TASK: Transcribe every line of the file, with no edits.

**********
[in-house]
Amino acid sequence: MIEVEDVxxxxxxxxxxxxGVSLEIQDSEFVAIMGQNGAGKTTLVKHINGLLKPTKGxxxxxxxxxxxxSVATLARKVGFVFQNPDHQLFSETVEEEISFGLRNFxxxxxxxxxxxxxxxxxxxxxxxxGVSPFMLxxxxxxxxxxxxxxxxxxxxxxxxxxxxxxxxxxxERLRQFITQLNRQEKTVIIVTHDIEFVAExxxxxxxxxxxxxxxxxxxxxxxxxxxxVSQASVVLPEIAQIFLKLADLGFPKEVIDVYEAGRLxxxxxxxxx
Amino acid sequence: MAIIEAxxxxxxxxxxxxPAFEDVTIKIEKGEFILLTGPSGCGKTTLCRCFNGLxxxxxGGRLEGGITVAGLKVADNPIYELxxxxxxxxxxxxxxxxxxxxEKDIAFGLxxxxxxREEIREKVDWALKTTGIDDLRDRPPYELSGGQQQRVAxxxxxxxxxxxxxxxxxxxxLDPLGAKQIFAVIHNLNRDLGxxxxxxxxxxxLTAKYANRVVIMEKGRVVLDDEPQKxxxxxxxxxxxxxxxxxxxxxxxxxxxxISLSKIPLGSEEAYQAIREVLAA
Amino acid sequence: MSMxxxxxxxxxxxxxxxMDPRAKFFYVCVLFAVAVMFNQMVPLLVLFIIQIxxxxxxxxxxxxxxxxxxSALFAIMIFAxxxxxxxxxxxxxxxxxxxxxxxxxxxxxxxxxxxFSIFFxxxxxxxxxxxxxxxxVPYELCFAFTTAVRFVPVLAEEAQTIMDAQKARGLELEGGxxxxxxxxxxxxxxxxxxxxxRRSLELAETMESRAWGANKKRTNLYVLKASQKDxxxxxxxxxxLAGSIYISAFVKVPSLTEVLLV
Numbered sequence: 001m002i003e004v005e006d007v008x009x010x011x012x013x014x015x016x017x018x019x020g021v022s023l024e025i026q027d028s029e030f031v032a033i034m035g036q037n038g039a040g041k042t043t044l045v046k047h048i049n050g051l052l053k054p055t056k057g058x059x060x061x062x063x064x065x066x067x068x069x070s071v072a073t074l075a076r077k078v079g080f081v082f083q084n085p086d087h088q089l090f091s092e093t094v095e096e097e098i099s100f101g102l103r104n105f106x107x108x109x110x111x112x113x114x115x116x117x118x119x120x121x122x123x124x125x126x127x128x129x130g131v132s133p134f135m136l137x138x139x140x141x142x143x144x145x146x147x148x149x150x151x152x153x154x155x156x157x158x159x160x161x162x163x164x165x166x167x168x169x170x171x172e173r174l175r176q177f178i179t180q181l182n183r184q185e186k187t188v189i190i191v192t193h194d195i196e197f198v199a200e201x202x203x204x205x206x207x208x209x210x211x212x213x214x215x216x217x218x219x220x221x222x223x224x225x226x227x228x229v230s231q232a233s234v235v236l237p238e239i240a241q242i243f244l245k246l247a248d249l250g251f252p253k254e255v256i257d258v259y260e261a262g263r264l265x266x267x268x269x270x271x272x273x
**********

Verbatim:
[in-house]
Amino acid sequence: MIEVEDVxxxxxxxxxxxxGVSLEIQDSEFVAIMGQNGAGKTTLVKHINGLLKPTKGxxxxxxxxxxxxSVATLARKVGFVFQNPDHQLFSETVEEEISFGLRNFxxxxxxxxxxxxxxxxxxxxxxxxGVSPFMLxxxxxxxxxxxxxxxxxxxxxxxxxxxxxxxxxxxERLRQFITQLNRQEKTVIIVTHDIEFVAExxxxxxxxxxxxxxxxxxxxxxxxxxxxVSQASVVLPEIAQIFLKLADLGFPKEVIDVYEAGRLxxxxxxxxx
Amino acid sequence: MAIIEAxxxxxxxxxxxxPAFEDVTIKIEKGEFILLTGPSGCGKTTLCRCFNGLxxxxxGGRLEGGITVAGLKVADNPIYELxxxxxxxxxxxxxxxxxxxxEKDIAFGLxxxxxxREEIREKVDWALKTTGIDDLRDRPPYELSGGQQQRVAxxxxxxxxxxxxxxxxxxxxLDPLGAKQIFAVIHNLNRDLGxxxxxxxxxxxLTAKYANRVVIMEKGRVVLDDEPQKxxxxxxxxxxxxxxxxxxxxxxxxxxxxISLSKIPLGSEEAYQAIREVLAA
Amino acid sequence: MSMxxxxxxxxxxxxxxxMDPRAKFFYVCVLFAVAVMFNQMVPLLVLFIIQIxxxxxxxxxxxxxxxxxxSALFAIMIFAxxxxxxxxxxxxxxxxxxxxxxxxxxxxxxxxxxxFSIFFxxxxxxxxxxxxxxxxVPYELCFAFTTAVRFVPVLAEEAQTIMDAQKARGLELEGGxxxxxxxxxxxxxxxxxxxxxRRSLELAETMESRAWGANKKRTNLYVLKASQKDxxxxxxxxxxLAGSIYISAFVKVPSLTEVLLV
Numbered sequence: 001m002i003e004v005e006d007v008x009x010x011x012x013x014x015x016x017x018x019x020g021v022s023l024e025i026q027d028s029e030f031v032a033i034m035g036q037n038g039a040g041k042t043t044l045v046k047h048i049n050g051l052l053k054p055t056k057g058x059x060x061x062x063x064x065x066x067x068x069x070s071v072a073t074l075a076r077k078v079g080f081v082f083q084n085p086d087h088q089l090f091s092e093t094v095e096e097e098i099s100f101g102l103r104n105f106x107x108x109x110x111x112x113x114x115x116x117x118x119x120x121x122x123x124x125x126x127x128x129x130g131v132s133p134f135m136l137x138x139x140x141x142x143x144x145x146x147x148x149x150x151x152x153x154x155x156x157x158x159x160x161x162x163x164x165x166x167x168x169x170x171x172e173r174l175r176q177f178i179t180q181l182n183r184q185e186k187t188v189i190i191v192t193h194d195i196e197f198v199a200e201x202x203x204x205x206x207x208x209x210x211x212x213x214x215x216x217x218x219x220x221x222x223x224x225x226x227x228x229v230s231q232a233s234v235v236l237p238e239i240a241q242i243f244l245k246l247a248d249l250g251f252p253k254e255v256i257d258v259y260e261a262g263r264l265x266x267x268x269x270x271x272x273x